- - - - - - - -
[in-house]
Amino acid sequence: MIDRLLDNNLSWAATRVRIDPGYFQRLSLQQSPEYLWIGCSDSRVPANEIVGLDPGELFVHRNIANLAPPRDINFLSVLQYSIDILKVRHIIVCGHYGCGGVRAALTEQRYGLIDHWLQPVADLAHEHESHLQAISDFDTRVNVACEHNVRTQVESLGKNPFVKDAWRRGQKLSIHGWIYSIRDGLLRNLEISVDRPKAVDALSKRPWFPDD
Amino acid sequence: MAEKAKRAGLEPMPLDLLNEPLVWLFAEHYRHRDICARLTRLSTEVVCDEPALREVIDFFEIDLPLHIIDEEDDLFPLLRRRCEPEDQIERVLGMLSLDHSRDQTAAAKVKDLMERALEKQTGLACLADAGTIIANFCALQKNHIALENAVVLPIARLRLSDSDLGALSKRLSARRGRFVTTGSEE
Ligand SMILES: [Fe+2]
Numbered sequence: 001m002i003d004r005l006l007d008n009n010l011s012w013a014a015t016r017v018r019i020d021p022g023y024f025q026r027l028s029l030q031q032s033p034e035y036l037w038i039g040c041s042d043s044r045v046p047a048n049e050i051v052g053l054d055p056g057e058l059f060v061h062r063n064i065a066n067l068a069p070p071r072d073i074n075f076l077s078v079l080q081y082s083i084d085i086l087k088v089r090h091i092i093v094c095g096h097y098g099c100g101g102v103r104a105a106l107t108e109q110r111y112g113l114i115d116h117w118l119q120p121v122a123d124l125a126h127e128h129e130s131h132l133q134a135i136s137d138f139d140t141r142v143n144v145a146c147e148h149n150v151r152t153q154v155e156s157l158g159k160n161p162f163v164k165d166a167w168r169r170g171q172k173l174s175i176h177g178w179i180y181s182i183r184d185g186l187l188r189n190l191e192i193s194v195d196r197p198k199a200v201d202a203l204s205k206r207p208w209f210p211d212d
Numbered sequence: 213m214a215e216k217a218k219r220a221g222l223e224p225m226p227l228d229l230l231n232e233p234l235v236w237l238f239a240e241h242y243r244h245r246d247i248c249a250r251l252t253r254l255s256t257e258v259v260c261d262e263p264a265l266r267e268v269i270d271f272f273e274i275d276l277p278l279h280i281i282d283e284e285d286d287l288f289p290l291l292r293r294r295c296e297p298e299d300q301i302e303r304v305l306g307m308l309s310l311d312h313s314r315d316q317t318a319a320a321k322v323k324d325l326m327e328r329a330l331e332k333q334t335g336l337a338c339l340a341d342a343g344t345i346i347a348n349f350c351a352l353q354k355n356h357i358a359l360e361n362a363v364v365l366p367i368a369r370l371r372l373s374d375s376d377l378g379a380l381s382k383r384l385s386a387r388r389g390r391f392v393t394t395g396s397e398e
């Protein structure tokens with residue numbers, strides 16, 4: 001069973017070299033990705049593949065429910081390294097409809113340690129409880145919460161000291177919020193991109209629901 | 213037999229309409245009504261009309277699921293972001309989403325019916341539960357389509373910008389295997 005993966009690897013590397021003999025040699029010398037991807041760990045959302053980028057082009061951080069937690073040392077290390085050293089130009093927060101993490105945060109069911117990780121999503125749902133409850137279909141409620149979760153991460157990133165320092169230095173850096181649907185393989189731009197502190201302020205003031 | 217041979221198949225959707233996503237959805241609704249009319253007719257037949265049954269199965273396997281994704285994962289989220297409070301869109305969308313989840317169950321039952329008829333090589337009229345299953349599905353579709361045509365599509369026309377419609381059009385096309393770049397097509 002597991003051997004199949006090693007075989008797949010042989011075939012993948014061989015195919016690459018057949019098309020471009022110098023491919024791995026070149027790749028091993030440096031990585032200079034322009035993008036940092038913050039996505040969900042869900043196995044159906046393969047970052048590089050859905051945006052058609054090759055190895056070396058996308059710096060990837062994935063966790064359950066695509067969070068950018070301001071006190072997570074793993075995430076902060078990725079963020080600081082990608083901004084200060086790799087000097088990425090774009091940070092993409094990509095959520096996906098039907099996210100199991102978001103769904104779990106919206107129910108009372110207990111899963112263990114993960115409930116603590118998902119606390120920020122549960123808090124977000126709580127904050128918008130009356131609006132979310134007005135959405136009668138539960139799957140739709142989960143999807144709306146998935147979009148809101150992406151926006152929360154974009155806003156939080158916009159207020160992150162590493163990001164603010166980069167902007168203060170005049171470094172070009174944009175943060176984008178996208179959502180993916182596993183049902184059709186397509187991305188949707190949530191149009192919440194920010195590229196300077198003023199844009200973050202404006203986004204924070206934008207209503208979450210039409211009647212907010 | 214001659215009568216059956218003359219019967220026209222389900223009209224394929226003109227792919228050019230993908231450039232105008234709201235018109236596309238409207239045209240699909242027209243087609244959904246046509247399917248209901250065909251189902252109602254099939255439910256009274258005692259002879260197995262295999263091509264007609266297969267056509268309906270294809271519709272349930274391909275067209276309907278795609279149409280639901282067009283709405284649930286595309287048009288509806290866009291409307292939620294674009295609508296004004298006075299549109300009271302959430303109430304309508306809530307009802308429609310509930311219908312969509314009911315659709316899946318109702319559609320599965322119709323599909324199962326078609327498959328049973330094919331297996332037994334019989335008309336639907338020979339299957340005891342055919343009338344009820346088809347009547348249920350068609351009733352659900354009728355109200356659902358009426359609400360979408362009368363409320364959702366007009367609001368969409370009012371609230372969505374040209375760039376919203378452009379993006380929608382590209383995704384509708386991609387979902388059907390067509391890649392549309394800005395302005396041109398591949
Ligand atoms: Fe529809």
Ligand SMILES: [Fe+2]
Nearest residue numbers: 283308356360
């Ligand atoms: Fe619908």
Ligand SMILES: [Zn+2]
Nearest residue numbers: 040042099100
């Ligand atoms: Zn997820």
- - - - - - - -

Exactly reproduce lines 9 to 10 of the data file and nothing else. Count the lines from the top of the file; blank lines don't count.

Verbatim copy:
Ligand SMILES: [Fe+2]
Nearest residue numbers: 283308356360